Loop wrote about the small-scale fishers and community representatives who had come to the UN Ocean Conference in Lisbon to address their exclusion from the negotiating table. In decision-making processes, their needs often come second to large corporate interests, and they are generally excluded from policy decisions that disproportionately affect their lives and livelihoods.
UNOC’s final draft declaration, entitled ‘Our ocean, our future, our responsibility’, fails to recognise the vast contribution that small-scale fisheries make to food security, employment, income and ocean protection and even endorses initiatives that may undermine this vital role.
Read the full article by Loop, including powerful quotes from small-scale fisheries representatives Gaoussou Gueye and Micheline Dion Somplehi:
Gaoussou Gueye, President of Confédération Africaine des Organisations de Pêche Artisanale (CAOPA) (Senegal), said: “We cannot survive if we have to compete with powerful, polluting and environmentally destructive sectors in the marine and coastal environment.”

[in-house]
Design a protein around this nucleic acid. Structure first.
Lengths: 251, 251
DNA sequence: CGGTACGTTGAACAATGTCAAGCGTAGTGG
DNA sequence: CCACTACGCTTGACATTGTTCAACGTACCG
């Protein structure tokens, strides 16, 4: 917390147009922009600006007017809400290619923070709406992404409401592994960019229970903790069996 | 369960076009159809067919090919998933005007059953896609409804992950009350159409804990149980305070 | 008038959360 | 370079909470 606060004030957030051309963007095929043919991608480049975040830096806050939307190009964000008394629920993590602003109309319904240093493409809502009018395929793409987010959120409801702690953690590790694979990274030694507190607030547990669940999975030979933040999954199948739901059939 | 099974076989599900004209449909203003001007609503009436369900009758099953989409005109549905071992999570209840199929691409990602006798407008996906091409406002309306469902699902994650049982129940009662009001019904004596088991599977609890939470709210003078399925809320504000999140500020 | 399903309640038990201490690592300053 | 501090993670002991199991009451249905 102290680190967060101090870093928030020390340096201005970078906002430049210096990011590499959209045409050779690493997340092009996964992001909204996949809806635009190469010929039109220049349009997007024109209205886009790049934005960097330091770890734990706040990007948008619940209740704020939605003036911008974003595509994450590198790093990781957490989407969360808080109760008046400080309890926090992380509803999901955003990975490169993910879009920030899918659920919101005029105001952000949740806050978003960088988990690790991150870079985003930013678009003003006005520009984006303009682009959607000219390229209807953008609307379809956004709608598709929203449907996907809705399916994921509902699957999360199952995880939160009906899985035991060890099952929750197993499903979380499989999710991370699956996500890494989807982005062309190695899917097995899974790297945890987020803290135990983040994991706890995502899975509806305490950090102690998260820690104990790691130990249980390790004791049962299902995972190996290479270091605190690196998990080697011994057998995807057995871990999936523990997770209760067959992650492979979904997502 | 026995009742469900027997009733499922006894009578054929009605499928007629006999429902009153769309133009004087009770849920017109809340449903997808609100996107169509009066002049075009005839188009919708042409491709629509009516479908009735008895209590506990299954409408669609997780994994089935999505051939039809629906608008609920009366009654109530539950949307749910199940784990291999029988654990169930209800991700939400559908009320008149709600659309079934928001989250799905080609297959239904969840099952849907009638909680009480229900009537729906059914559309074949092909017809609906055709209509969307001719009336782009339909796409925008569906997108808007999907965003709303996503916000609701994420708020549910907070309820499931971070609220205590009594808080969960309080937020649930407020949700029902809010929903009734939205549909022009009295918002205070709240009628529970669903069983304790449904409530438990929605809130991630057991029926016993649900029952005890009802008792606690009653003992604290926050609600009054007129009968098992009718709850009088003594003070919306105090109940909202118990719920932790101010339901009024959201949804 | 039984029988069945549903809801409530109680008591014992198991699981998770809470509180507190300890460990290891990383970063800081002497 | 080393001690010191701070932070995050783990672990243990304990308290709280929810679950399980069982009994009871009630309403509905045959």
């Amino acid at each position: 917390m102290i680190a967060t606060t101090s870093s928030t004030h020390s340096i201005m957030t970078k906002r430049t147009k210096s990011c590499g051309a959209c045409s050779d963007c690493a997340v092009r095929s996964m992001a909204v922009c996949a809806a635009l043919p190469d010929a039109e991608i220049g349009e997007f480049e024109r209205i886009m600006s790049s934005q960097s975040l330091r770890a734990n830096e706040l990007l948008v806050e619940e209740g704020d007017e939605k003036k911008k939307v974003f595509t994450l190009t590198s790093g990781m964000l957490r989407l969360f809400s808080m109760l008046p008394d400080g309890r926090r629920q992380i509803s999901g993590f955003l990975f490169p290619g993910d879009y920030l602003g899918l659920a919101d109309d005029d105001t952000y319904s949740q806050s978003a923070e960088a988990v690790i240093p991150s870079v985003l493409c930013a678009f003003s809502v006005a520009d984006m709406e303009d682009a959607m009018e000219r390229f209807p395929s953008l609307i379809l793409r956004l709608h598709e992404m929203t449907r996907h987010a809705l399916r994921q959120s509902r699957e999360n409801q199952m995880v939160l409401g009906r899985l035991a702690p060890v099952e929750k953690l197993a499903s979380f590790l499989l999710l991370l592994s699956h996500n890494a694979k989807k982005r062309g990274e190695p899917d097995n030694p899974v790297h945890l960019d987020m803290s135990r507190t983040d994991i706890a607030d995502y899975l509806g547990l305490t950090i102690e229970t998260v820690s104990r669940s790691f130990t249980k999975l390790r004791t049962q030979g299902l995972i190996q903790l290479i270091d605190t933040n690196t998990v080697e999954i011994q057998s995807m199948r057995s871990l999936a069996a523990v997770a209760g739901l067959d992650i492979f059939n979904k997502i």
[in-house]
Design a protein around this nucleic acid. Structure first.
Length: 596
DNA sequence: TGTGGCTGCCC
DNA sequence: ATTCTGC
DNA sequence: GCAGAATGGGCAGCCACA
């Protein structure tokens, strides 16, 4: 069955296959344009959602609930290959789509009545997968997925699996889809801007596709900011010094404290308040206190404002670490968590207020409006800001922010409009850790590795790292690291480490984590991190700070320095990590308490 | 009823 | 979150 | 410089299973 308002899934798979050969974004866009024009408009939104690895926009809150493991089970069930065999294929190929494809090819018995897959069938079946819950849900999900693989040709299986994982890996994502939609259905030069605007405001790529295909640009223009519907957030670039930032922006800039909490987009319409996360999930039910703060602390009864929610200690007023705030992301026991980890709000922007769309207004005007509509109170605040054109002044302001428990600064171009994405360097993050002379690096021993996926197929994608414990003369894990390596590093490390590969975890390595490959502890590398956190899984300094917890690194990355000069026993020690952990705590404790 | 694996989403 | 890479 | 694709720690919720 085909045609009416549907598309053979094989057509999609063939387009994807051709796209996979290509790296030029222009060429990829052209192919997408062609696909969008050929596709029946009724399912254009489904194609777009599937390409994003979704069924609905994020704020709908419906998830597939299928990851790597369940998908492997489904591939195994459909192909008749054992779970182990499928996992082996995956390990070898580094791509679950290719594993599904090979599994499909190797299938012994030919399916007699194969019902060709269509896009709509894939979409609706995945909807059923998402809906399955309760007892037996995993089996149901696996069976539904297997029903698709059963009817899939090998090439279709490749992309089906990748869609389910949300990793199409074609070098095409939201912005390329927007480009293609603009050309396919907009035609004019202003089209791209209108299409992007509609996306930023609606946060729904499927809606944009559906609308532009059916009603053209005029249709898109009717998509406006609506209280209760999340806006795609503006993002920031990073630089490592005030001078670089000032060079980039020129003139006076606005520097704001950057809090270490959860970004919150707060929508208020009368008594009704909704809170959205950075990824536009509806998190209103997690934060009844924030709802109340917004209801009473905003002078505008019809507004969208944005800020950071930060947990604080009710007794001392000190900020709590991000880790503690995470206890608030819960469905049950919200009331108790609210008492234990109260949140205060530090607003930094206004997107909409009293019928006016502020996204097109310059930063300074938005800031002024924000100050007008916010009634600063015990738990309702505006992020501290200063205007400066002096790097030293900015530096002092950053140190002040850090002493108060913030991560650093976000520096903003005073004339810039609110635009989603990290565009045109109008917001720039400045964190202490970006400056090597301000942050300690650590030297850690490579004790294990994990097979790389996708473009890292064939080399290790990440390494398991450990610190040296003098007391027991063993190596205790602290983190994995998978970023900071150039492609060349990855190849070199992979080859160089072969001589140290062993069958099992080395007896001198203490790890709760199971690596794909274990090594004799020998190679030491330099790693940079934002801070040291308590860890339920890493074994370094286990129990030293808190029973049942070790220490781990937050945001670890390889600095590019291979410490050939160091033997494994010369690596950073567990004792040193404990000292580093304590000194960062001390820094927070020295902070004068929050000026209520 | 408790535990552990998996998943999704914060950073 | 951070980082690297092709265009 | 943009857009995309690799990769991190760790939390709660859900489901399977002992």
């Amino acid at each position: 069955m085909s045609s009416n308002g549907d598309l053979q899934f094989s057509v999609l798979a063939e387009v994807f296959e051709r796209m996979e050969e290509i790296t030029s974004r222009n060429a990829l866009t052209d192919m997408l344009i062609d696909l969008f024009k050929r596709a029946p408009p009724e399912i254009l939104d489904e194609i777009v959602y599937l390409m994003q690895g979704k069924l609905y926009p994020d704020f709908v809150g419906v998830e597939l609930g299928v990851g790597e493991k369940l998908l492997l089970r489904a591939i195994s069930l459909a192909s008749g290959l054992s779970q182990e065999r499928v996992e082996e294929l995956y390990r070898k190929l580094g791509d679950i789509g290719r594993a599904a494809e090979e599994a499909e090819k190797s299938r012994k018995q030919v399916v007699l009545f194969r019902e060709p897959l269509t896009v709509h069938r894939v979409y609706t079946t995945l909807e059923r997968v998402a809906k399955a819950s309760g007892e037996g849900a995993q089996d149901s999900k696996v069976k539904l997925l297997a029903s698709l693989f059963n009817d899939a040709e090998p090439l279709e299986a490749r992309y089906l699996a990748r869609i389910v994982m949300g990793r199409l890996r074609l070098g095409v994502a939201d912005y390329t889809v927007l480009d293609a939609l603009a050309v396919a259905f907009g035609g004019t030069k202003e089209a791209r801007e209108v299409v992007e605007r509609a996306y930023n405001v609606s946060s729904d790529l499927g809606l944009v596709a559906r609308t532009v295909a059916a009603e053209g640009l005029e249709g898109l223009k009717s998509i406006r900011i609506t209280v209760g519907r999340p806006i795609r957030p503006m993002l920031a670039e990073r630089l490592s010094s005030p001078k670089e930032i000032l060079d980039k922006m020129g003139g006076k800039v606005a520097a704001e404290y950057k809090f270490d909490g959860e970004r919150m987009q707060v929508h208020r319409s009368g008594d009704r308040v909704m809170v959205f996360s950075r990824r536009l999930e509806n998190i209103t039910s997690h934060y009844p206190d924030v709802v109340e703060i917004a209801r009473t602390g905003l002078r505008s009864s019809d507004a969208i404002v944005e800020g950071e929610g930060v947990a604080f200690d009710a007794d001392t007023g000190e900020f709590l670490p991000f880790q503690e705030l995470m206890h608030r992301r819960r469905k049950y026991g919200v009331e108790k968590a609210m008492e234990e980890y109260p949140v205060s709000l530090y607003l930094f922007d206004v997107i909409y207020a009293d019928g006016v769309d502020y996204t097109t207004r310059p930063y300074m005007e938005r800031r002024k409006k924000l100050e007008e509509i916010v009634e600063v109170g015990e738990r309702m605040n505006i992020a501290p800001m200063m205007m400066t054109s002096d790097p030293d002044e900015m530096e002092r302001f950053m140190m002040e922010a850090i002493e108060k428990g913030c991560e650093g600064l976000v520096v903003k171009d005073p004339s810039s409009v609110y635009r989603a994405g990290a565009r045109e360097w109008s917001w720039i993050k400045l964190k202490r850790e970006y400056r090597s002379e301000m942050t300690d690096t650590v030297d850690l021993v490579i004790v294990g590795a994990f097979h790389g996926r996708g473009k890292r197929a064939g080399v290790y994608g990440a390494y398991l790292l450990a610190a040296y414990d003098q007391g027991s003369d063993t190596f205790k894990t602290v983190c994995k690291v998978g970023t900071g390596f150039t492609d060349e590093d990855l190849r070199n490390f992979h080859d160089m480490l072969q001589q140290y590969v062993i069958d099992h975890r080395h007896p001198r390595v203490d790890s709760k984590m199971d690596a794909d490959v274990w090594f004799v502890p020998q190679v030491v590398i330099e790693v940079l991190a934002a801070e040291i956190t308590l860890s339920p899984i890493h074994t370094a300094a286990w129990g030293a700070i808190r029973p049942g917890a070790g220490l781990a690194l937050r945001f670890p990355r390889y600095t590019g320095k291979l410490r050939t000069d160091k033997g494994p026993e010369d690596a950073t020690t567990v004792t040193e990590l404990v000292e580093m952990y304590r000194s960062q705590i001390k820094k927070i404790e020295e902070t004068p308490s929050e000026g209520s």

Micheline Dion Somplehi, President of the union of women fish processors cooperatives (Union des Sociétés Coopératives des Femmes de la Pêche et assimilées de Côte d’Ivoire/Ivory Coast), said: “Artisanal fishing is as much about women as men. But their contribution is often invisible, while their working conditions are disastrous.”